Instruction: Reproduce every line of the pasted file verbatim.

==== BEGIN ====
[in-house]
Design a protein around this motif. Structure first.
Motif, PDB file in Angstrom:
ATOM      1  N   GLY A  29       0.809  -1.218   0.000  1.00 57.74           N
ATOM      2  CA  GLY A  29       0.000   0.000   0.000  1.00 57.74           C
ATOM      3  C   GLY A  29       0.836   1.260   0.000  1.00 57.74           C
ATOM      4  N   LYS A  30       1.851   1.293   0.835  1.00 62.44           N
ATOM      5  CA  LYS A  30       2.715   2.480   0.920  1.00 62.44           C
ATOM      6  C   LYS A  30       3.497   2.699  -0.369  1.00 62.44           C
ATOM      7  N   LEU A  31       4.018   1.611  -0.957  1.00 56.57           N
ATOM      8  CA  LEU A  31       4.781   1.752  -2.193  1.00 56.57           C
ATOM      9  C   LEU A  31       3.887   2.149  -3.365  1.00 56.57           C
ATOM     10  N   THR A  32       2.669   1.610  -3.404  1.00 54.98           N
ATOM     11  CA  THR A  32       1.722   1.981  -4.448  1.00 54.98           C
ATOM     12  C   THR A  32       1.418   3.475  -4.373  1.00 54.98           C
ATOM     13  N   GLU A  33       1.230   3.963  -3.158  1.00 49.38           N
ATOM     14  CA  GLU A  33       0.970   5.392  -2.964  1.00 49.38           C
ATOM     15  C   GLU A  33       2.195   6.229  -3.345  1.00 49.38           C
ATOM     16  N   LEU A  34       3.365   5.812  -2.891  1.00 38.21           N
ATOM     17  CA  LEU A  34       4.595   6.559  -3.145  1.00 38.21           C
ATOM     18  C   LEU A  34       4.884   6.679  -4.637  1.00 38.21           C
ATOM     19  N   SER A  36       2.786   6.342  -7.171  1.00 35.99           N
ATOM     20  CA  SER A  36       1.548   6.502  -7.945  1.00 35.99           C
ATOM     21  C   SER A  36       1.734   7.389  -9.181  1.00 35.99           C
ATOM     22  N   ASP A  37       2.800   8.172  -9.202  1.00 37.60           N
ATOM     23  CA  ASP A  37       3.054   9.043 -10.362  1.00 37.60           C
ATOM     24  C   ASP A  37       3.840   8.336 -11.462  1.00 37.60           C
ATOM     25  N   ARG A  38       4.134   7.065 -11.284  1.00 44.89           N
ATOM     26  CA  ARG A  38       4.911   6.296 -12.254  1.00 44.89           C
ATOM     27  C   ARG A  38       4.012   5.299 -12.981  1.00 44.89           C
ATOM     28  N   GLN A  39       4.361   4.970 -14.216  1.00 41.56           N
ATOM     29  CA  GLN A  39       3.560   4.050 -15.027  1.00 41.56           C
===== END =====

[in-house]
Design a protein around this motif. Structure first.
Motif, PDB file in Angstrom:
ATOM      1  N   GLY A  29       0.809  -1.218   0.000  1.00 57.74           N
ATOM      2  CA  GLY A  29       0.000   0.000   0.000  1.00 57.74           C
ATOM      3  C   GLY A  29       0.836   1.260   0.000  1.00 57.74           C
ATOM      4  N   LYS A  30       1.851   1.293   0.835  1.00 62.44           N
ATOM      5  CA  LYS A  30       2.715   2.480   0.920  1.00 62.44           C
ATOM      6  C   LYS A  30       3.497   2.699  -0.369  1.00 62.44           C
ATOM      7  N   LEU A  31       4.018   1.611  -0.957  1.00 56.57           N
ATOM      8  CA  LEU A  31       4.781   1.752  -2.193  1.00 56.57           C
ATOM      9  C   LEU A  31       3.887   2.149  -3.365  1.00 56.57           C
ATOM     10  N   THR A  32       2.669   1.610  -3.404  1.00 54.98           N
ATOM     11  CA  THR A  32       1.722   1.981  -4.448  1.00 54.98           C
ATOM     12  C   THR A  32       1.418   3.475  -4.373  1.00 54.98           C
ATOM     13  N   GLU A  33       1.230   3.963  -3.158  1.00 49.38           N
ATOM     14  CA  GLU A  33       0.970   5.392  -2.964  1.00 49.38           C
ATOM     15  C   GLU A  33       2.195   6.229  -3.345  1.00 49.38           C
ATOM     16  N   LEU A  34       3.365   5.812  -2.891  1.00 38.21           N
ATOM     17  CA  LEU A  34       4.595   6.559  -3.145  1.00 38.21           C
ATOM     18  C   LEU A  34       4.884   6.679  -4.637  1.00 38.21           C
ATOM     19  N   SER A  36       2.786   6.342  -7.171  1.00 35.99           N
ATOM     20  CA  SER A  36       1.548   6.502  -7.945  1.00 35.99           C
ATOM     21  C   SER A  36       1.734   7.389  -9.181  1.00 35.99           C
ATOM     22  N   ASP A  37       2.800   8.172  -9.202  1.00 37.60           N
ATOM     23  CA  ASP A  37       3.054   9.043 -10.362  1.00 37.60           C
ATOM     24  C   ASP A  37       3.840   8.336 -11.462  1.00 37.60           C
ATOM     25  N   ARG A  38       4.134   7.065 -11.284  1.00 44.89           N
ATOM     26  CA  ARG A  38       4.911   6.296 -12.254  1.00 44.89           C
ATOM     27  C   ARG A  38       4.012   5.299 -12.981  1.00 44.89           C
ATOM     28  N   GLN A  39       4.361   4.970 -14.216  1.00 41.56           N
ATOM     29  CA  GLN A  39       3.560   4.050 -15.027  1.00 41.56           C